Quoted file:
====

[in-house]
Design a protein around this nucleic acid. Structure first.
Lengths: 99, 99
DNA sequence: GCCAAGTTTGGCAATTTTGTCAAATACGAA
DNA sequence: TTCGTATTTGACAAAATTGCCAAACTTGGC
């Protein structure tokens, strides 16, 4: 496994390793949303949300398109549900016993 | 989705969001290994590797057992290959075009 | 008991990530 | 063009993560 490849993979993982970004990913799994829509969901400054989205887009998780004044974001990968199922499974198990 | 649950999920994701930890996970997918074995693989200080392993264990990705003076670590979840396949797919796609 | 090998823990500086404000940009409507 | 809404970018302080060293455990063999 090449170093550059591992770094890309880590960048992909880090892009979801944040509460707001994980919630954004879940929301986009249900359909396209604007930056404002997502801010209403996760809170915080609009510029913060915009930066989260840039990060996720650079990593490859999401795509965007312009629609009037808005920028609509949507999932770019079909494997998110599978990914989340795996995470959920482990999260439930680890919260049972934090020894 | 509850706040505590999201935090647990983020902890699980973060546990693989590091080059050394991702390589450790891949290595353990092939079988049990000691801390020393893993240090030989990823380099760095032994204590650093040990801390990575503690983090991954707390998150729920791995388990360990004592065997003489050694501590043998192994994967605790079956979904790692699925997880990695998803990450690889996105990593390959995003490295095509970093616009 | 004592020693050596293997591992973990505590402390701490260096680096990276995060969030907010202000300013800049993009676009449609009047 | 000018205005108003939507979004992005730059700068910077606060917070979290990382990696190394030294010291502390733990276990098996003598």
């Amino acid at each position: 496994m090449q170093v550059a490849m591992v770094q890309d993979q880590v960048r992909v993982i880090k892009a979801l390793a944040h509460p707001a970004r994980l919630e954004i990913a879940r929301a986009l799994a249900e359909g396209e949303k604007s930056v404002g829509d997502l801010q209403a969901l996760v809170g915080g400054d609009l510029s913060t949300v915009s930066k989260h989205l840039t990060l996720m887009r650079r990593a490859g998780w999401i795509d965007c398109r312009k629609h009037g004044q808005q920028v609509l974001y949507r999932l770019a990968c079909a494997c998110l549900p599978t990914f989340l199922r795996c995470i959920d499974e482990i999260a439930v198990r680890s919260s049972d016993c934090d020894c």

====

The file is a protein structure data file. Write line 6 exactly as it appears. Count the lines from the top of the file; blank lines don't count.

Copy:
């Protein structure tokens, strides 16, 4: 496994390793949303949300398109549900016993 | 989705969001290994590797057992290959075009 | 008991990530 | 063009993560 490849993979993982970004990913799994829509969901400054989205887009998780004044974001990968199922499974198990 | 649950999920994701930890996970997918074995693989200080392993264990990705003076670590979840396949797919796609 | 090998823990500086404000940009409507 | 809404970018302080060293455990063999 090449170093550059591992770094890309880590960048992909880090892009979801944040509460707001994980919630954004879940929301986009249900359909396209604007930056404002997502801010209403996760809170915080609009510029913060915009930066989260840039990060996720650079990593490859999401795509965007312009629609009037808005920028609509949507999932770019079909494997998110599978990914989340795996995470959920482990999260439930680890919260049972934090020894 | 509850706040505590999201935090647990983020902890699980973060546990693989590091080059050394991702390589450790891949290595353990092939079988049990000691801390020393893993240090030989990823380099760095032994204590650093040990801390990575503690983090991954707390998150729920791995388990360990004592065997003489050694501590043998192994994967605790079956979904790692699925997880990695998803990450690889996105990593390959995003490295095509970093616009 | 004592020693050596293997591992973990505590402390701490260096680096990276995060969030907010202000300013800049993009676009449609009047 | 000018205005108003939507979004992005730059700068910077606060917070979290990382990696190394030294010291502390733990276990098996003598």